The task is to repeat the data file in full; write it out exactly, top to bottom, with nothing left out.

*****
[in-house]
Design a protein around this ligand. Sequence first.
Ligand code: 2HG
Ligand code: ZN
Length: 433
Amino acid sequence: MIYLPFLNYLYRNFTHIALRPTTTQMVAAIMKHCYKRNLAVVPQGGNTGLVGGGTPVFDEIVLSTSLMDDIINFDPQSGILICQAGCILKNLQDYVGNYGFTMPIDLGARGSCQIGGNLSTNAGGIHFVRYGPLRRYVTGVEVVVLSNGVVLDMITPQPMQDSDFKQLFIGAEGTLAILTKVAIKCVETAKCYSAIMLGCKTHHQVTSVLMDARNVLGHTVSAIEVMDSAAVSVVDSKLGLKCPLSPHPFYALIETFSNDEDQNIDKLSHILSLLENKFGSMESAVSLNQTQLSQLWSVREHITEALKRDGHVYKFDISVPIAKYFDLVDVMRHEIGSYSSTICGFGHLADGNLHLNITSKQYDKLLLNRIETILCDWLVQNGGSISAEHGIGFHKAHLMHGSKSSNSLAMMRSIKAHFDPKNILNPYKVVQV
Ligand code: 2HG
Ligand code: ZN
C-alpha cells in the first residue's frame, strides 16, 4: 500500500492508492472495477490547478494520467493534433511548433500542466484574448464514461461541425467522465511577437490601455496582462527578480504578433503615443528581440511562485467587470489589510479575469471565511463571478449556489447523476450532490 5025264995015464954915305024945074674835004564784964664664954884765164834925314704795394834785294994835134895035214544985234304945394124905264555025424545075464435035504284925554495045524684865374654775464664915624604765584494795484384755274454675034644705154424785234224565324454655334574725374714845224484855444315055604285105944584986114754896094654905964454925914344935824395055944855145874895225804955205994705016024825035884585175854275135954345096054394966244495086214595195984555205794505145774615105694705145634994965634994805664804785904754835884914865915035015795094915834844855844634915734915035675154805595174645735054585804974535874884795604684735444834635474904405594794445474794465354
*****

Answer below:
[in-house]
Design a protein around this ligand. Sequence first.
Ligand code: 2HG
Ligand code: ZN
Length: 433
Amino acid sequence: MIYLPFLNYLYRNFTHIALRPTTTQMVAAIMKHCYKRNLAVVPQGGNTGLVGGGTPVFDEIVLSTSLMDDIINFDPQSGILICQAGCILKNLQDYVGNYGFTMPIDLGARGSCQIGGNLSTNAGGIHFVRYGPLRRYVTGVEVVVLSNGVVLDMITPQPMQDSDFKQLFIGAEGTLAILTKVAIKCVETAKCYSAIMLGCKTHHQVTSVLMDARNVLGHTVSAIEVMDSAAVSVVDSKLGLKCPLSPHPFYALIETFSNDEDQNIDKLSHILSLLENKFGSMESAVSLNQTQLSQLWSVREHITEALKRDGHVYKFDISVPIAKYFDLVDVMRHEIGSYSSTICGFGHLADGNLHLNITSKQYDKLLLNRIETILCDWLVQNGGSISAEHGIGFHKAHLMHGSKSSNSLAMMRSIKAHFDPKNILNPYKVVQV
Ligand code: 2HG
Ligand code: ZN
C-alpha cells in the first residue's frame, strides 16, 4: 500500500492508492472495477490547478494520467493534433511548433500542466484574448464514461461541425467522465511577437490601455496582462527578480504578433503615443528581440511562485467587470489589510479575469471565511463571478449556489447523476450532490 5025264995015464954915305024945074674835004564784964664664954884765164834925314704795394834785294994835134895035214544985234304945394124905264555025424545075464435035504284925554495045524684865374654775464664915624604765584494795484384755274454675034644705154424785234224565324454655334574725374714845224484855444315055604285105944584986114754896094654905964454925914344935824395055944855145874895225804955205994705016024825035884585175854275135954345096054394966244495086214595195984555205794505145774615105694705145634994965634994805664804785904754835884914865915035015795094915834844855844634915734915035675154805595174645735054585804974535874884795604684735444834635474904405594794445474794465354